One of the most common, and easily addressed, complications with AVFs is development of primary and recurrent stenoses in various sites of the vascular access. Each AVF type behaves differently as to where stenoses typically occur. Brachiocephalic AVFs (BCAVFs) are typically plagued by stenoses at the cephalic arch, with reports describing up to a 77% prevalence of significant stenoses at this site. Angioplasty has been a mainstay of treatment for dialysis access stenoses, although literature has supported the use of stent graft placement compared with angioplasty alone.[11–14]
We found the luminal diameter at the cephalic arch decreased by 18.9% per month after the first exclusive angioplasty and 16.5% per month after the first stenting procedure among patients with a BCAVF. Restenosis rates were relatively similar between high-pressure and standard angioplasty procedures, suggesting consistent effectiveness when a high-pressure balloon was required to eliminate the lesion. Consistent with the literature, restenosis rates were higher after the first bare metal stent (18.1% per month) compared to stent graft (8.0% per month). Overall, these findings indicate that once a patient presents with a cephalic arch stenosis and is treated with an angioplasty or stent, they are at risk of having a 50% stenosis in 2.65 or 3.03 months, respectively. Stated differently, a patient with a post intervention residual stenosis of 10% after their first exclusive angioplasty or stent is estimated to progress to have a 67% or 60% stenosis in 3 months, respectively. Restenosis rates were relatively similar across subsequent angioplasty or stent procedures during follow-up.
One of the longest retrospective studies involving hemodialysis upper arm AVFs found a 34% primary and 82% secondary patency rate at one year, although there was no differentiation between brachiocephalic versus brachiobasilic fistulae. This study found the interval for re-intervention was 10.6 months in upper arm AVFs, but did not specify the exclusivity or combinations of intervention types nor the site of malfunction. We observed the interval for re-intervention after exclusive angioplasty or stenting procedures was approximately 3 months. However, the confidence limits for restenosis rates and re-intervention times were typically large, which represents high patient-to-patient variability.
Future studies are needed to identify the predictors of restenosis risk at the cephalic arch. Arterialized pressures, intimal hyperplasia, and turbulence are likely culprits for rapidly recurrent and possibly angioplasty-resistant stenoses. Fistula age may also be affecting the durability of the vessel wall. Neo-intimal hyperplasia and turbulence has been suggested as a cause of rapid recurrent in-stent stenosis.[11, 16, 17] For bare metal stents, the intima continues to be exposed to turbulent flow and biochemical constituents of blood vessels through the interstices, and may explain why lower restenosis rates were seen for stent grafts. Although not evaluated, several incidences of stent fracture were noted as causing recurrent stenosis; oftentimes, angioplasty and/or stenting was required to improve the flow and appearance.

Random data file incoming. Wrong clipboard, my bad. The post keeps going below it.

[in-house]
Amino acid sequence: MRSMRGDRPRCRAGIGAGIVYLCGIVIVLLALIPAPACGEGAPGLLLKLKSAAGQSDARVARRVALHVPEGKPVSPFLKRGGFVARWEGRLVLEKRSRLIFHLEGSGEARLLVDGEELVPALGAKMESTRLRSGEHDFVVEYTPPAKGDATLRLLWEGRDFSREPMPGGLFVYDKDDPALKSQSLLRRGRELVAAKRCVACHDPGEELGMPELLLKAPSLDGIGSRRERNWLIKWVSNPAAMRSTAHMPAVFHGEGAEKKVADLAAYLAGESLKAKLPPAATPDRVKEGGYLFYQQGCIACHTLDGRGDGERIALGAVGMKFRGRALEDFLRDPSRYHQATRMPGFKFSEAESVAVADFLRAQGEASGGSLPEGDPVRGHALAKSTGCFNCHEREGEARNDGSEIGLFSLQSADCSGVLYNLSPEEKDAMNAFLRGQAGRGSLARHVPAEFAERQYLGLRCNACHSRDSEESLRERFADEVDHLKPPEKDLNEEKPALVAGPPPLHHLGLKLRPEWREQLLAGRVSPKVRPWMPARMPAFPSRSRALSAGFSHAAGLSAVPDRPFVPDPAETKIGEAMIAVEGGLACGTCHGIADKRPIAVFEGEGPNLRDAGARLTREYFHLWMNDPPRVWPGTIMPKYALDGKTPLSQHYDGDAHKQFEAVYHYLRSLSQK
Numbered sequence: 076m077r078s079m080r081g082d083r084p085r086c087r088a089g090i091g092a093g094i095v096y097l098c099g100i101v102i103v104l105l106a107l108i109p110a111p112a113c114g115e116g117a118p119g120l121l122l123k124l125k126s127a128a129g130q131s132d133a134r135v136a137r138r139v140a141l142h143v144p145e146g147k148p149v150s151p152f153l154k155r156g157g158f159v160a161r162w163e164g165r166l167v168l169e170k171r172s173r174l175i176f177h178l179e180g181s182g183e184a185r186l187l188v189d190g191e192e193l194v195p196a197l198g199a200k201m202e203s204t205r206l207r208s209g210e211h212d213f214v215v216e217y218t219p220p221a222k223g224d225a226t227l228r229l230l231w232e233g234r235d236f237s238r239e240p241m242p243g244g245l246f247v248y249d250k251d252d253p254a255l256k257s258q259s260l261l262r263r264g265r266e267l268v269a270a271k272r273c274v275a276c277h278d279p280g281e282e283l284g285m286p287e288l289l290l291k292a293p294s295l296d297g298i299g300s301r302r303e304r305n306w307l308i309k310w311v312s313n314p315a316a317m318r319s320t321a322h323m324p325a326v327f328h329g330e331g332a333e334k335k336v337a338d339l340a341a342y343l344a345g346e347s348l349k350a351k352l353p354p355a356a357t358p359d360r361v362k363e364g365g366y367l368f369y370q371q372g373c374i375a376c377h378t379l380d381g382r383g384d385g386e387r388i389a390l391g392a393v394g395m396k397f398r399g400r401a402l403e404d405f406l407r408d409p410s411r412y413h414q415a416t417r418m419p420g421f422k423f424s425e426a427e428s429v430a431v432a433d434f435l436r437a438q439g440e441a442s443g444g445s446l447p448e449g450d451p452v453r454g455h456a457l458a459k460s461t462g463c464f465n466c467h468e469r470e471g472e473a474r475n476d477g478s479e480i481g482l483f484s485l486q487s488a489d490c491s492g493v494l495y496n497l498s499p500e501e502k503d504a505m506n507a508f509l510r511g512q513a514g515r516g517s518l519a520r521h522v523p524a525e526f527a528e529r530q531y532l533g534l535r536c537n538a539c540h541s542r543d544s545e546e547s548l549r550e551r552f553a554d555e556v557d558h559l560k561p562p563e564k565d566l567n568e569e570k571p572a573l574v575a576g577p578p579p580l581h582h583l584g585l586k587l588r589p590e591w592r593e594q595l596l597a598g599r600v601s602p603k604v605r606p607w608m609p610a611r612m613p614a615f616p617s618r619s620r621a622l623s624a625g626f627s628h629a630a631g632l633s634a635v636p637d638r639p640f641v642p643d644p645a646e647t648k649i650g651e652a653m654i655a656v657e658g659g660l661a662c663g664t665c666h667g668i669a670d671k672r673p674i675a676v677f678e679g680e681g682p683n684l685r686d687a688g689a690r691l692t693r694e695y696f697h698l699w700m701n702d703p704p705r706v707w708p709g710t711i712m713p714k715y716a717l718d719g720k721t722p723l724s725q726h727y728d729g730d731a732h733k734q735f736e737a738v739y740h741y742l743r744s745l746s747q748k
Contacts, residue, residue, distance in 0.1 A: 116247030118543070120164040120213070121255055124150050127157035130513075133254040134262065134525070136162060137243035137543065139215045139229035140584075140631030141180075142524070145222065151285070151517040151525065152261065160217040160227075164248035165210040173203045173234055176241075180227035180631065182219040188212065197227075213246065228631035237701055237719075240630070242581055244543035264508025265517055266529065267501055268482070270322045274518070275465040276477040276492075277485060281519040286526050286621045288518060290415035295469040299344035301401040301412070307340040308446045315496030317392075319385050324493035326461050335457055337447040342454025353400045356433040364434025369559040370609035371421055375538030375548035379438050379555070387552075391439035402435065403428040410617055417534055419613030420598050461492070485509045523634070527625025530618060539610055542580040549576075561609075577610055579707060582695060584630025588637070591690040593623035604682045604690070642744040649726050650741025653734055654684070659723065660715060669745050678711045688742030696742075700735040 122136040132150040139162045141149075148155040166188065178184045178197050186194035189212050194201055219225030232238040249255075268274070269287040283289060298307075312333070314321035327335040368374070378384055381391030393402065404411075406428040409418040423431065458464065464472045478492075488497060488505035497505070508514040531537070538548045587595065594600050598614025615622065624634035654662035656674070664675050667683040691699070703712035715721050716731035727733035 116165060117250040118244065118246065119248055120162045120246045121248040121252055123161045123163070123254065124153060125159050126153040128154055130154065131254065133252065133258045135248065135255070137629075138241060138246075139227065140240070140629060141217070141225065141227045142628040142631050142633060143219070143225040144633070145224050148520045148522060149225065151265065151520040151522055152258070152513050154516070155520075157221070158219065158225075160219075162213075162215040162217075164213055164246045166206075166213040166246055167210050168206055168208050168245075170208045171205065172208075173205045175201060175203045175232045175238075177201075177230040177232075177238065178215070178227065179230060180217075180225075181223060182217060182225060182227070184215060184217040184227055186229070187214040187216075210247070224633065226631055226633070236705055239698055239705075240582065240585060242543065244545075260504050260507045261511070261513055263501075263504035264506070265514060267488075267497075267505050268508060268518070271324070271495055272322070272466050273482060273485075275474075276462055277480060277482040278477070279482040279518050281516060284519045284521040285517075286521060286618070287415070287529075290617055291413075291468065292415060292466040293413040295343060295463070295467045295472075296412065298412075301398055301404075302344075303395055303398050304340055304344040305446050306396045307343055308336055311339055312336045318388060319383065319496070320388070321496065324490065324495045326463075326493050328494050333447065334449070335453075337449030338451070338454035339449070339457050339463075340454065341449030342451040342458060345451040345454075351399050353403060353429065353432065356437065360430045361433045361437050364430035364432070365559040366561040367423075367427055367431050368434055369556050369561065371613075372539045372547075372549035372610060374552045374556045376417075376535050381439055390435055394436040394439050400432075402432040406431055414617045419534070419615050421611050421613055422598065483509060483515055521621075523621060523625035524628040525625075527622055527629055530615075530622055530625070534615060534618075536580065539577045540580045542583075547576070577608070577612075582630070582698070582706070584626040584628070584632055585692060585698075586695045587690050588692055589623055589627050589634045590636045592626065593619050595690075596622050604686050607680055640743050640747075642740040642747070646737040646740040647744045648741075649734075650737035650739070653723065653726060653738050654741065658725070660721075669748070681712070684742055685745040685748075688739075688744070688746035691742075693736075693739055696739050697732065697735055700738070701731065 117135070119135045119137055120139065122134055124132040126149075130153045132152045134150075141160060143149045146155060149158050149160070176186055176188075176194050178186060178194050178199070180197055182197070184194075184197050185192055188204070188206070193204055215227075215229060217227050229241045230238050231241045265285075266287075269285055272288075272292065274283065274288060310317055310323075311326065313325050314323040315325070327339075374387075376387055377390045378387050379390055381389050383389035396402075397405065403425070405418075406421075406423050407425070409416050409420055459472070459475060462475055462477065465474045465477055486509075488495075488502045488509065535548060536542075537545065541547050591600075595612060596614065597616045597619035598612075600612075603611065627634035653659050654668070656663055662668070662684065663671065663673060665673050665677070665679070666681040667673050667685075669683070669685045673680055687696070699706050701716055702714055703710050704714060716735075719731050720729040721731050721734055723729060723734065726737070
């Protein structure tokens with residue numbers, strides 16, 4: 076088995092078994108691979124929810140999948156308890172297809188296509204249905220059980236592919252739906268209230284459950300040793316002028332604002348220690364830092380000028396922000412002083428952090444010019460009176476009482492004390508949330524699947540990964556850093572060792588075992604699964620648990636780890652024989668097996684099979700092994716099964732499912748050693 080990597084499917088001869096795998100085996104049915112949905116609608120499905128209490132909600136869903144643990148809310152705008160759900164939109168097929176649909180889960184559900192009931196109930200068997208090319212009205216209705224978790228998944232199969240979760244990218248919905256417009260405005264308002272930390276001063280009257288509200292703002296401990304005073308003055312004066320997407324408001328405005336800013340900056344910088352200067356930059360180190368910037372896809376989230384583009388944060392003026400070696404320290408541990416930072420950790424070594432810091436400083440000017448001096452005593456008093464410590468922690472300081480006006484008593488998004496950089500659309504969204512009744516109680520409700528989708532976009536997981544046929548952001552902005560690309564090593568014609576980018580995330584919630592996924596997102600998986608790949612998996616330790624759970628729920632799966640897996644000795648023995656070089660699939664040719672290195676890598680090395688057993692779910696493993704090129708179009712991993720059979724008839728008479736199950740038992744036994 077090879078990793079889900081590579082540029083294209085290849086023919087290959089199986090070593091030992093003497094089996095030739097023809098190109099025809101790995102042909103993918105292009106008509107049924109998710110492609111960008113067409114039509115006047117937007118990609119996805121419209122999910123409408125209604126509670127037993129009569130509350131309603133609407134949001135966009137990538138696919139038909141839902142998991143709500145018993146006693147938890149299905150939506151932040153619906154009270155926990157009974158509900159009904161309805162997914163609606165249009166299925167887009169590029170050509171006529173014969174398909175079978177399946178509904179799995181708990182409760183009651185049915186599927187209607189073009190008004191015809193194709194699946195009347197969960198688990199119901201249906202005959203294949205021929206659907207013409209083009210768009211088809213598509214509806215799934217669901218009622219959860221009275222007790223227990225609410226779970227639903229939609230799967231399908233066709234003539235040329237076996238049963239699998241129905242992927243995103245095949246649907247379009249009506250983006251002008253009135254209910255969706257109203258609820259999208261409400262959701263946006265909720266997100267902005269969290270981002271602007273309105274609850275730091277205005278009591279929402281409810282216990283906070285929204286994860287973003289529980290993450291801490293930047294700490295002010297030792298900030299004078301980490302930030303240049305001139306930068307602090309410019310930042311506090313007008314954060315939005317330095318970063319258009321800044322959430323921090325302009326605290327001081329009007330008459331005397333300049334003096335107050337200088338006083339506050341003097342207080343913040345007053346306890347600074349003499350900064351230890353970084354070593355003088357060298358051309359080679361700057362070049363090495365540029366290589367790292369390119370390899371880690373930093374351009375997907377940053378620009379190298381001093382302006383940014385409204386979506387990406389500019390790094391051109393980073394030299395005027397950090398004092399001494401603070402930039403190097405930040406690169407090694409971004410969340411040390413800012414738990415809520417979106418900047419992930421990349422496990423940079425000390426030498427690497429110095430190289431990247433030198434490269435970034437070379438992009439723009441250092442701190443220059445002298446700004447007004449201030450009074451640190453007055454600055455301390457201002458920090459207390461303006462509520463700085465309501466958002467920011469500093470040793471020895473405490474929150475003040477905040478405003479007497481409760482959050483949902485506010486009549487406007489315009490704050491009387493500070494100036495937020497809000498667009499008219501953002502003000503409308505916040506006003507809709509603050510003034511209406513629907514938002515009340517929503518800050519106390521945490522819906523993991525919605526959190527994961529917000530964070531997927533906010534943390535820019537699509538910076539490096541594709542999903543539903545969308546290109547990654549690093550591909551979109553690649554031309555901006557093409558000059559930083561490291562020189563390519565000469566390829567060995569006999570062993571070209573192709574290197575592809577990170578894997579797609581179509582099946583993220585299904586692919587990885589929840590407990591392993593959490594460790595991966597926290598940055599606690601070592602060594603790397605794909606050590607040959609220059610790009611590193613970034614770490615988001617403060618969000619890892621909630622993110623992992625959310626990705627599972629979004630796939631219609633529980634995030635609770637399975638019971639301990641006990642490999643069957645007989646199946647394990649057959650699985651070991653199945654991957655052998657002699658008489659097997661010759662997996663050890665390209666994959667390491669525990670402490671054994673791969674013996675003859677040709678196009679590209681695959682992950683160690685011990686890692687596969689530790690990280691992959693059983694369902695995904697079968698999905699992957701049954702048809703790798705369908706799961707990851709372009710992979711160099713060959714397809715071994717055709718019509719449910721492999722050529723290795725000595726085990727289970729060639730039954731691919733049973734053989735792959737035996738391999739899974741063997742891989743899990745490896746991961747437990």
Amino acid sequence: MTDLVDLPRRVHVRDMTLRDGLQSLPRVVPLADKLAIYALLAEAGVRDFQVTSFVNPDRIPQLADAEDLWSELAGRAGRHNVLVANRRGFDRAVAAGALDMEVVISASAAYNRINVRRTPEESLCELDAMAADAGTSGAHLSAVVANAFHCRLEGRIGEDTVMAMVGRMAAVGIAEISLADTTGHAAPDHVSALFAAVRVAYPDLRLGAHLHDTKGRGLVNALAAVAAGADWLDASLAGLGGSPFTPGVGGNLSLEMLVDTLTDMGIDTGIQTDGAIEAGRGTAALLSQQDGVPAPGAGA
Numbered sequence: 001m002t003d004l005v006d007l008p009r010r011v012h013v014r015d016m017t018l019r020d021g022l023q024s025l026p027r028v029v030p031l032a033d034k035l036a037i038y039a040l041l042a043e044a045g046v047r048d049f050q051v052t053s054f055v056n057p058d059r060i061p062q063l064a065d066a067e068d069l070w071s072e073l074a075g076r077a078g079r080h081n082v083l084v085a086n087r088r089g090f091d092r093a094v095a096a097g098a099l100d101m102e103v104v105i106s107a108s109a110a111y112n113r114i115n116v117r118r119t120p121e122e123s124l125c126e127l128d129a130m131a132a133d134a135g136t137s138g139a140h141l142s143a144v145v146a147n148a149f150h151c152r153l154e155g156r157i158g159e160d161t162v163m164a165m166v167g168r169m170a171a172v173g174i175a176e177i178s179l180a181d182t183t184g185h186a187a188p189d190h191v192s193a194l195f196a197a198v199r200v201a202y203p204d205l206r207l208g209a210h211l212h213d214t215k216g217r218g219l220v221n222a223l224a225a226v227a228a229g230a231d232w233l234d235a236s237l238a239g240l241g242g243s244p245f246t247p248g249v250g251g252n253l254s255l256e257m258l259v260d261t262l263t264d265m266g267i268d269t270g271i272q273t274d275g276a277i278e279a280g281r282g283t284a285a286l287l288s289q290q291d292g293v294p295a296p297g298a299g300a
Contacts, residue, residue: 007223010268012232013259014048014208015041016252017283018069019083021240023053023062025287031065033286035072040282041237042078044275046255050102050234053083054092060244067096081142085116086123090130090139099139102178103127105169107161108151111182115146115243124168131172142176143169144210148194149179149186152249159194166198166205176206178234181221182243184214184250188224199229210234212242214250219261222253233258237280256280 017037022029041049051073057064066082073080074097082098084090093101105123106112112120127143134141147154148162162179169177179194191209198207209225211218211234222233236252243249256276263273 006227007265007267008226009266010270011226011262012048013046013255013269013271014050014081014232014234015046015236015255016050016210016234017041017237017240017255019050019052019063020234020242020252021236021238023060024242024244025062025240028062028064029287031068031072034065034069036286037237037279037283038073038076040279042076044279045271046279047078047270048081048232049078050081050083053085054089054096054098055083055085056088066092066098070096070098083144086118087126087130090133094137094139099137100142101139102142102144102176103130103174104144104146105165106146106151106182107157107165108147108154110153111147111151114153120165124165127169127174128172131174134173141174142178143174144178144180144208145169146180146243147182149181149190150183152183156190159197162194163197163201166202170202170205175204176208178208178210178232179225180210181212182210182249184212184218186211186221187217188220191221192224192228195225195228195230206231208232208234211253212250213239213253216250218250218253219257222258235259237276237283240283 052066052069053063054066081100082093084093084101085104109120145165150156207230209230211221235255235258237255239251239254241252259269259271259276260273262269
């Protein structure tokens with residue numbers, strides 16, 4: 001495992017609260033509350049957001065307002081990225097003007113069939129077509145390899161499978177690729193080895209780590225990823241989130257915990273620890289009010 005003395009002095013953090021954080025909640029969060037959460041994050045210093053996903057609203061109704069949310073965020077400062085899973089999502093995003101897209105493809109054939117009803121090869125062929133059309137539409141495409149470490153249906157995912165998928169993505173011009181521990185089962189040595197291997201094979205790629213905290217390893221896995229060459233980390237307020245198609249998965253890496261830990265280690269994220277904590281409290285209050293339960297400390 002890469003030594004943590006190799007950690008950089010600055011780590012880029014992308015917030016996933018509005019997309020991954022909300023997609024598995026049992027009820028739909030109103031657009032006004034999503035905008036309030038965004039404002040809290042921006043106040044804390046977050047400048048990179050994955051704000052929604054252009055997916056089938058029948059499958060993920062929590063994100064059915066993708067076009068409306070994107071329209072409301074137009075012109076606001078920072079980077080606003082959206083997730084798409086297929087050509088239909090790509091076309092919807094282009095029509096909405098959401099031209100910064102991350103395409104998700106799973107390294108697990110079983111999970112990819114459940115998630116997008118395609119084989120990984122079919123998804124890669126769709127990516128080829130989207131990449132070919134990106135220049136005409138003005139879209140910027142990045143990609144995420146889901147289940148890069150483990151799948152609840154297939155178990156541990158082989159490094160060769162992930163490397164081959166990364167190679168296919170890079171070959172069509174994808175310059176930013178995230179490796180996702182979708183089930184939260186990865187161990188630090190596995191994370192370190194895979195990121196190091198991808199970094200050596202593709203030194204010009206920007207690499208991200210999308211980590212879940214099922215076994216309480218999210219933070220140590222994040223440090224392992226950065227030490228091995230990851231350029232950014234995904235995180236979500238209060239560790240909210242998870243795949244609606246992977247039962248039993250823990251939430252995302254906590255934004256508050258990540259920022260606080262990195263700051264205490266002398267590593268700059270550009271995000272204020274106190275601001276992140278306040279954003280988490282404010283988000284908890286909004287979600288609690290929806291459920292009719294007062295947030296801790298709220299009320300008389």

Our study has several strengths, the most obvious of which includes the focus on exclusive interventions that afforded the ability to reasonably assess restenosis rates at a specific lesion site. In addition, the analysis included a large number of patients treated by various practitioner types in a broad geography. All these factors represent clinically relevant interventions and consequently, this data likely represents reproducible, real world outcomes. However, this study cohort may not be fully generalizable and is not representative of the groups of patients who had unremarkable complications upon evaluation, or a mixture of interventions (e.g. thrombectomy and high-pressure angioplasty). Also, drug eluting balloons were not evaluated due to many factors, including minimal adoption in the outpatient setting that is likely secondary to cost and familiarity with the equipment.
The retrospective nature of this study is an inherent weakness. Also, stenosis measurements may have varied by practitioner, although a small random sampling of cases with image review showed good agreement with reported degrees of stenosis. Given the large number of centers, inter-operator variability also poses a problem when evaluating the need for stenting, stent type, and general personal practice regarding stenting versus angioplasty alone. Also, the precise morphology of the stenosis, focal versus long segment versus multifocal, was not clearly specified. While morphology may play a role in the long-term success of endoluminal interventions, it is not clear stratifying the results based on morphology would have any impact. Lastly, these models of recurrence are based on a linear progression of stenosis development warranting treatment. It is feasible that after numerous interventions, the rate of progression may change, either for better or worse.